Numerous creatine formulations have been developed primarily to maximize creatine absorption. Creatine ethyl ester is alleged to increase creatine bio-availability. This study examined how a seven-week supplementation regimen combined with resistance training affected body composition, muscle mass, muscle strength and power, serum and muscle creatine levels, and serum creatinine levels in 30 non-resistance-trained males. In a double-blind manner, participants were randomly assigned to a maltodextrose placebo (PLA), creatine monohydrate (CRT), or creatine ethyl ester (CEE) group. The supplements were orally ingested at a dose of 0.30 g/kg fat-free body mass (approximately 20 g/day) for five days followed by ingestion at 0.075 g/kg fat free mass (approximately 5 g/day) for 42 days. Results showed significantly higher serum creatine concentrations in PLA (p = 0.007) and CRT (p = 0.005) compared to CEE. Serum creatinine was greater in CEE compared to the PLA (p = 0.001) and CRT (p = 0.001) and increased at days 6, 27, and 48. Total muscle creatine content was significantly higher in CRT (p = 0.026) and CEE (p = 0.041) compared to PLA, with no differences between CRT and CEE. Significant changes over time were observed for body composition, body water, muscle strength and power variables, but no significant differences were observed between groups. In conclusion, when compared to creatine monohydrate, creatine ethyl ester was not as effective at increasing serum and muscle creatine levels or in improving body composition, muscle mass, strength, and power. Therefore, the improvements in these variables can most likely be attributed to the training protocol itself, rather than the supplementation regimen.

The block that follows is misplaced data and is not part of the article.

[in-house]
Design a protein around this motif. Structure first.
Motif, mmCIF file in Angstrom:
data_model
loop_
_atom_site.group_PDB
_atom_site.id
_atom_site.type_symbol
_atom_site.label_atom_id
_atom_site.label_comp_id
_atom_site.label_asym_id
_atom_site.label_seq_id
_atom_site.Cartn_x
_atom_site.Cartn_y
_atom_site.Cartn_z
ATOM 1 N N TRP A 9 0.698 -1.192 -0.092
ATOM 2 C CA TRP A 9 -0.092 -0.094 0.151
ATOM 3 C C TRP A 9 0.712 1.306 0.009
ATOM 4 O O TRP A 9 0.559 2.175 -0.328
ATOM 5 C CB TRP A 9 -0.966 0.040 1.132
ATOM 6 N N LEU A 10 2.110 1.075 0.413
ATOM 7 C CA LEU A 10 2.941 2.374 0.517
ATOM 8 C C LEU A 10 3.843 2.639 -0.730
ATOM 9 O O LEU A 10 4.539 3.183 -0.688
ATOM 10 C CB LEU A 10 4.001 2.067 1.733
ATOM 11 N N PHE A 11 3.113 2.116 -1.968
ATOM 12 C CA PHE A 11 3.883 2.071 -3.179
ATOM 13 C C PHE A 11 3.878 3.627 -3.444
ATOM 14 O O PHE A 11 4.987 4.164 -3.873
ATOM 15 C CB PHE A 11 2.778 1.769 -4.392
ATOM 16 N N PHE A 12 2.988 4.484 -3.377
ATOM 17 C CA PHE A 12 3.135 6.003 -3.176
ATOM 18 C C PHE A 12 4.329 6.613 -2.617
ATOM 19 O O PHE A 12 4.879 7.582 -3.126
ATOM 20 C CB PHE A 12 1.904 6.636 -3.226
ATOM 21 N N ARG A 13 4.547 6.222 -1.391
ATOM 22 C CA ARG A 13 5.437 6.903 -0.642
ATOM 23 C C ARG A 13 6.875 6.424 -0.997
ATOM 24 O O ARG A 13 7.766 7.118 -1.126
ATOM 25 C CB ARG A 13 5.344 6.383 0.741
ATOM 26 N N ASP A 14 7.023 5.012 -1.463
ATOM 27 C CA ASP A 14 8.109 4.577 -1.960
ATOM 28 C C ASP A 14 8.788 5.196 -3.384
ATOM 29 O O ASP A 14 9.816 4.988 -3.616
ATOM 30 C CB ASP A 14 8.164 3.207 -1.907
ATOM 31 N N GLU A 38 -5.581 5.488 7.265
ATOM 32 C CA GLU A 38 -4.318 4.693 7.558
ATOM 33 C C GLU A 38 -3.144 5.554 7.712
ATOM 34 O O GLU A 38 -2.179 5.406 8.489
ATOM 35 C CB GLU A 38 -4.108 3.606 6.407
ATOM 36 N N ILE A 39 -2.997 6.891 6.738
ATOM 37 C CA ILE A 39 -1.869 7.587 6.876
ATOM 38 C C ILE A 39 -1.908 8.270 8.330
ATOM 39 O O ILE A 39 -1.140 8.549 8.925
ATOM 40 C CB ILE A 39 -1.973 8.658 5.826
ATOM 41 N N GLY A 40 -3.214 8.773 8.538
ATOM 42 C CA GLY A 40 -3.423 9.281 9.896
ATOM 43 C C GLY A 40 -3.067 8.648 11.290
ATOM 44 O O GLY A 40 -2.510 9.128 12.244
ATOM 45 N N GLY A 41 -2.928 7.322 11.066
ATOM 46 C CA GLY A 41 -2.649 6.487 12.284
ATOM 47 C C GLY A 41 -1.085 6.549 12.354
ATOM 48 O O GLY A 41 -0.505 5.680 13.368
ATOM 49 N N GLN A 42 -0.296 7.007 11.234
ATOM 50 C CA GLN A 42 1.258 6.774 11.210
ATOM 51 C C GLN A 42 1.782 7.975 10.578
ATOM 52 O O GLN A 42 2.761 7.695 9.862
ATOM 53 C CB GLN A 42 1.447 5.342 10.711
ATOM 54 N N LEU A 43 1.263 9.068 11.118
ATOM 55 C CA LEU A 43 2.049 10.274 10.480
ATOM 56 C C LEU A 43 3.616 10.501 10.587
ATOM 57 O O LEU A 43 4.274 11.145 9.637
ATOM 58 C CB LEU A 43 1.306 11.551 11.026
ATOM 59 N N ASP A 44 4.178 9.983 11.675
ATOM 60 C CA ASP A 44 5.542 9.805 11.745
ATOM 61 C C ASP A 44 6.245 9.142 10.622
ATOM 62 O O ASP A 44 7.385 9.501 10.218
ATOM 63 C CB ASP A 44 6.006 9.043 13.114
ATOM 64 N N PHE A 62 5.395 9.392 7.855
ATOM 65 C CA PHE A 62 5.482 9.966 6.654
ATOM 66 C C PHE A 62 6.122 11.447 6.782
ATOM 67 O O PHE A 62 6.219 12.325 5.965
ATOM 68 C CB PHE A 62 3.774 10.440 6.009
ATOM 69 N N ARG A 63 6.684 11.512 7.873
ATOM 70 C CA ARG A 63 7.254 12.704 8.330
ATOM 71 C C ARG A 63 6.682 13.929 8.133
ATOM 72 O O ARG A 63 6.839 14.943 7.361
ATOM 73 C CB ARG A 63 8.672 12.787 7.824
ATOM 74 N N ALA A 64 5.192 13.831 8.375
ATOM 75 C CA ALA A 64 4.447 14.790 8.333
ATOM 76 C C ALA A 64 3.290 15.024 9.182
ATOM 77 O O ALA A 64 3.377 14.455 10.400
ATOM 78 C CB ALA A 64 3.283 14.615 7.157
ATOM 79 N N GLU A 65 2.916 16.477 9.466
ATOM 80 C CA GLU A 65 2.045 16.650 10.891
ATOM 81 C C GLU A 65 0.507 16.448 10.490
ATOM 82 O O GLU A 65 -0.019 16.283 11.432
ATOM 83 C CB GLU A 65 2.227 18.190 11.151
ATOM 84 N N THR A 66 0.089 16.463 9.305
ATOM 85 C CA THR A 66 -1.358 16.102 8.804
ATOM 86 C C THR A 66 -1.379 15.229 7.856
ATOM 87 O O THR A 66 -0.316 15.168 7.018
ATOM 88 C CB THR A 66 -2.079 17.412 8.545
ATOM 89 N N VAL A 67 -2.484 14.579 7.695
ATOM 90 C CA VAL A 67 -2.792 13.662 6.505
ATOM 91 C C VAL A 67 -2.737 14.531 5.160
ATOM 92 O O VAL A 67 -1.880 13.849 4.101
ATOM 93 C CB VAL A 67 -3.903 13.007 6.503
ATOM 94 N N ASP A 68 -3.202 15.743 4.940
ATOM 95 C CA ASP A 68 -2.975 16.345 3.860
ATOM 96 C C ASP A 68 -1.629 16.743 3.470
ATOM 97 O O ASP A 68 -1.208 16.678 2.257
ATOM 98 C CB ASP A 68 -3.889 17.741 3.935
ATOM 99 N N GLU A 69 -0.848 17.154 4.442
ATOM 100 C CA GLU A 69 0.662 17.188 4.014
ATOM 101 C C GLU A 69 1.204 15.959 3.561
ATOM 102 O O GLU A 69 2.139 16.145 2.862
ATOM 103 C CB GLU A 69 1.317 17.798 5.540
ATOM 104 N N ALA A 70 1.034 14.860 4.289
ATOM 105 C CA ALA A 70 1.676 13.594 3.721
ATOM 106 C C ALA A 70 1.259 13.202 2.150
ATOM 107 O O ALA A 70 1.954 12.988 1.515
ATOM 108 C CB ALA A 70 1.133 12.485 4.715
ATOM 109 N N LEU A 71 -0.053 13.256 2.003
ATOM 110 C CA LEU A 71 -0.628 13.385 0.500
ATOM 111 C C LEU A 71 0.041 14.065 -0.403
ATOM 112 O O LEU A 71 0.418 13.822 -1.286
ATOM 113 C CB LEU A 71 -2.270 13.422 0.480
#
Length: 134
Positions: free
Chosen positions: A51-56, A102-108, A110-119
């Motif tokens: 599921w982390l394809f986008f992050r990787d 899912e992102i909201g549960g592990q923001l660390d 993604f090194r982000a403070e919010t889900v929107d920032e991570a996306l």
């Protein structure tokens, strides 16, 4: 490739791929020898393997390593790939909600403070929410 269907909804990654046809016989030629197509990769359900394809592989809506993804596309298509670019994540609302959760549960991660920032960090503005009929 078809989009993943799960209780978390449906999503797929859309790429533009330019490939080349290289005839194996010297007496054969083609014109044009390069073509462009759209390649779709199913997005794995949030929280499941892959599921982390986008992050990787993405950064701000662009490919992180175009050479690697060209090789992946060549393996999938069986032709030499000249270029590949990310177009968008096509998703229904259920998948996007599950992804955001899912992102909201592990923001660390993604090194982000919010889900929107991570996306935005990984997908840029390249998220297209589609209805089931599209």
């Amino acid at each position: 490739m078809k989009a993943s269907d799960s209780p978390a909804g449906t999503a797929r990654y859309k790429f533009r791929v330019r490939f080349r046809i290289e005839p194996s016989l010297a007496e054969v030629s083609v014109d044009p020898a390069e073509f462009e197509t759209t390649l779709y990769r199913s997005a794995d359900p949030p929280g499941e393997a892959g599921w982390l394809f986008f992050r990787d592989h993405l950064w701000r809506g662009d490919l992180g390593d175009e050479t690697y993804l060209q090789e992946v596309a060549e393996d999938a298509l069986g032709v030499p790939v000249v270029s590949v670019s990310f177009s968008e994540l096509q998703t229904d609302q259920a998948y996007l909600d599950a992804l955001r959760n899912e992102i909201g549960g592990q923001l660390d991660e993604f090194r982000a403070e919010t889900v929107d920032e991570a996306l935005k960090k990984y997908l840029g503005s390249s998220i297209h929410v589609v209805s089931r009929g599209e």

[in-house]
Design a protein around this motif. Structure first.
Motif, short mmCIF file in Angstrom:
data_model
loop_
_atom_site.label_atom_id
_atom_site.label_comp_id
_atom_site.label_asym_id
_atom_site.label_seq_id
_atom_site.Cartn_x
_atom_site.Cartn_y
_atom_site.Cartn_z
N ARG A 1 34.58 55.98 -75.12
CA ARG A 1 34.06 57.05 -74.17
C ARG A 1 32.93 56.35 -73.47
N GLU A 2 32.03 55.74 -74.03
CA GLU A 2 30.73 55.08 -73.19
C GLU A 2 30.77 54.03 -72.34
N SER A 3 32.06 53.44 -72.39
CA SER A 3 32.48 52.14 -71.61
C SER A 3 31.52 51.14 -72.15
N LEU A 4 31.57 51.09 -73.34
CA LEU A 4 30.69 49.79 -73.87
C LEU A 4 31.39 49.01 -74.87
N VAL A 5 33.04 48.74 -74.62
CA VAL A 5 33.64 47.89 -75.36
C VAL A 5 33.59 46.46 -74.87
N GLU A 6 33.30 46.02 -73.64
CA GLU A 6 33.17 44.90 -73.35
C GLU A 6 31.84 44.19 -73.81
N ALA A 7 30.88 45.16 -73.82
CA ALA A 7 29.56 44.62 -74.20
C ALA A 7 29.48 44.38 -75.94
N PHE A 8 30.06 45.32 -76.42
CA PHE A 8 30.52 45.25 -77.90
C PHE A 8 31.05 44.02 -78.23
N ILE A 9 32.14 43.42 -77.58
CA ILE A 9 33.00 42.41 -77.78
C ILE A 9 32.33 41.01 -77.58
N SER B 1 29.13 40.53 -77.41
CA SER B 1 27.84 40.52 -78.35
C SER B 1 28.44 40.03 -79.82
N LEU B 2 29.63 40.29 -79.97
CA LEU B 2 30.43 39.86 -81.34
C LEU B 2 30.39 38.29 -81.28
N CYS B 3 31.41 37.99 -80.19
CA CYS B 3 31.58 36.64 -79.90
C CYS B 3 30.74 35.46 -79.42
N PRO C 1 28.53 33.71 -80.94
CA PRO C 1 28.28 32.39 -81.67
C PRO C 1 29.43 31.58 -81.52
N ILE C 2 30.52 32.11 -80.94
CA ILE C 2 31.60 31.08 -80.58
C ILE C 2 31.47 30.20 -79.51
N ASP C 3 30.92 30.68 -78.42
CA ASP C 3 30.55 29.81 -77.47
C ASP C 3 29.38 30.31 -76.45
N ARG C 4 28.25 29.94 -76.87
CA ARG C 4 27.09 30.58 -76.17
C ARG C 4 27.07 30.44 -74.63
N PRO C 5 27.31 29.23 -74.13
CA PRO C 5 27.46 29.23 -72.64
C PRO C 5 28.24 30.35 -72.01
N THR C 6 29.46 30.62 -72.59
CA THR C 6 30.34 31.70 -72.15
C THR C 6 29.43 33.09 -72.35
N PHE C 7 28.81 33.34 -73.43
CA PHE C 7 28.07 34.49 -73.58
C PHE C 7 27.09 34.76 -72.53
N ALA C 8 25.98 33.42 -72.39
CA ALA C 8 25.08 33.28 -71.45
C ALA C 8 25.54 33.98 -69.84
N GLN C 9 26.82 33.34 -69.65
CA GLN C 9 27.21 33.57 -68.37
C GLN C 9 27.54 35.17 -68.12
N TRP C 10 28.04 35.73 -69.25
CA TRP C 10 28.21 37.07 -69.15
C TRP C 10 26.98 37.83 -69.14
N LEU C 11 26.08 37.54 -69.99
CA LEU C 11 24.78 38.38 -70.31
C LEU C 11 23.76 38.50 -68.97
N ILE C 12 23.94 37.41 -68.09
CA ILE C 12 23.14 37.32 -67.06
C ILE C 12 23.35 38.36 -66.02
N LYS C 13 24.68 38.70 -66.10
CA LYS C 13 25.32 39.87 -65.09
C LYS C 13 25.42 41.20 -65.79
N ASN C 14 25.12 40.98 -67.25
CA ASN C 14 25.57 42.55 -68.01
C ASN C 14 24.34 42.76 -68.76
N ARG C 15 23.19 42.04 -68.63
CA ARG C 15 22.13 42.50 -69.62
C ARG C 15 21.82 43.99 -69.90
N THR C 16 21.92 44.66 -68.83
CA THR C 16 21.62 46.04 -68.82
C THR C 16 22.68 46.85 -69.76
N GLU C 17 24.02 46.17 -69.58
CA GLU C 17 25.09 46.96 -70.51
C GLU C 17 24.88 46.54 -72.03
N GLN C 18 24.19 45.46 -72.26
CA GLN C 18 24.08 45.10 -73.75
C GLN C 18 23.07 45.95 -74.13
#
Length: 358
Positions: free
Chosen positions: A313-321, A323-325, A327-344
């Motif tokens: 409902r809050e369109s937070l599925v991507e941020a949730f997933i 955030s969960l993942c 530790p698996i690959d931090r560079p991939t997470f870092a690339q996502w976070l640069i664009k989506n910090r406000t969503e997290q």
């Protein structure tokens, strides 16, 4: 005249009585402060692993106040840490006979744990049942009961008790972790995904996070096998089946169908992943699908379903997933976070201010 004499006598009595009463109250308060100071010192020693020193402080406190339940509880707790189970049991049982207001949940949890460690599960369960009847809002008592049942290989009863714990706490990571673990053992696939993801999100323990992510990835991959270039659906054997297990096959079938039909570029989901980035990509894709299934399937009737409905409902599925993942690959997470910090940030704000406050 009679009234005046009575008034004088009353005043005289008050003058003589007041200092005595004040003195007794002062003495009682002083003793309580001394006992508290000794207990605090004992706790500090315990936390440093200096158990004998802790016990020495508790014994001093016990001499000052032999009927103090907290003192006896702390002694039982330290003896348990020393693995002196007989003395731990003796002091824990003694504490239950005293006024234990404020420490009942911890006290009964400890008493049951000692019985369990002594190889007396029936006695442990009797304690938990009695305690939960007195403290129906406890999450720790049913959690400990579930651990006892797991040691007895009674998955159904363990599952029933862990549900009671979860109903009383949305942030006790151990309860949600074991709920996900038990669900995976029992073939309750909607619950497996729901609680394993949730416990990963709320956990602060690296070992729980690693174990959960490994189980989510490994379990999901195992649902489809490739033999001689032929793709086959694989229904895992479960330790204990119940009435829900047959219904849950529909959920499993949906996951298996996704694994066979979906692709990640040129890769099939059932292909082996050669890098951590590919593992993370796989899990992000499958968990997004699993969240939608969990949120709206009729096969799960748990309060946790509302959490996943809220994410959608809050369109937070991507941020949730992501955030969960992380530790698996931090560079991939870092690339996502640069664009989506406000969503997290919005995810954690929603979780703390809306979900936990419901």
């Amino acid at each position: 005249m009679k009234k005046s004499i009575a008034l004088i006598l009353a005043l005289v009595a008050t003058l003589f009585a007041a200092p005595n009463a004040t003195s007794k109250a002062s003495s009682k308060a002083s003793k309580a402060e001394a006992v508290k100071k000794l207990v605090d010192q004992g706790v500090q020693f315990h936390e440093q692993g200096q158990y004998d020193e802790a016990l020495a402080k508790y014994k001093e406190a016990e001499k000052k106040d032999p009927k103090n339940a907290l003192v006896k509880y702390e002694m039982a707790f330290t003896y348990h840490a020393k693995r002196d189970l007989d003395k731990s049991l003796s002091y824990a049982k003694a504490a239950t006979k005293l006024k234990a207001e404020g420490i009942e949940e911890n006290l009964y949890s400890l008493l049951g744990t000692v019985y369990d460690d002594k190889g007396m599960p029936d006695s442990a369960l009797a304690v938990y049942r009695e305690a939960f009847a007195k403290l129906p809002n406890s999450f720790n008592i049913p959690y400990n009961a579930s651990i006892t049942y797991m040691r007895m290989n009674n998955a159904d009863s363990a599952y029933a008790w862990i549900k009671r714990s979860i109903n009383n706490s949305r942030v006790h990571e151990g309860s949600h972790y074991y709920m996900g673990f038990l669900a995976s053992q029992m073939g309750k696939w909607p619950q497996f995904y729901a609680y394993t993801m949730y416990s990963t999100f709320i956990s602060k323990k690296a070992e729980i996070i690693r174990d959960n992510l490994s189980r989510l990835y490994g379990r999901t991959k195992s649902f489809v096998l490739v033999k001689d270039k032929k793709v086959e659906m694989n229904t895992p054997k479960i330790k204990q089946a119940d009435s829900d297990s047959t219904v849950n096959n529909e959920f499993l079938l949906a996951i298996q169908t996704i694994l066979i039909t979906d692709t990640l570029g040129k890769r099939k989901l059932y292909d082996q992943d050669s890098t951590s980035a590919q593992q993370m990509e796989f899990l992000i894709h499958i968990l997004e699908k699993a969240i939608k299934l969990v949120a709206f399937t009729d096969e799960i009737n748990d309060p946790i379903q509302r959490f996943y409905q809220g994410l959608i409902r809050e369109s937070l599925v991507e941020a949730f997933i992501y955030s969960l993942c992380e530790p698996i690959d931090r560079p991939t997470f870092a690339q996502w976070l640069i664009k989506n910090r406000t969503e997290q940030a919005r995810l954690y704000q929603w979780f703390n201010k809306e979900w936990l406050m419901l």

I guess I'll keep my creatine monohydrate...gotta love results!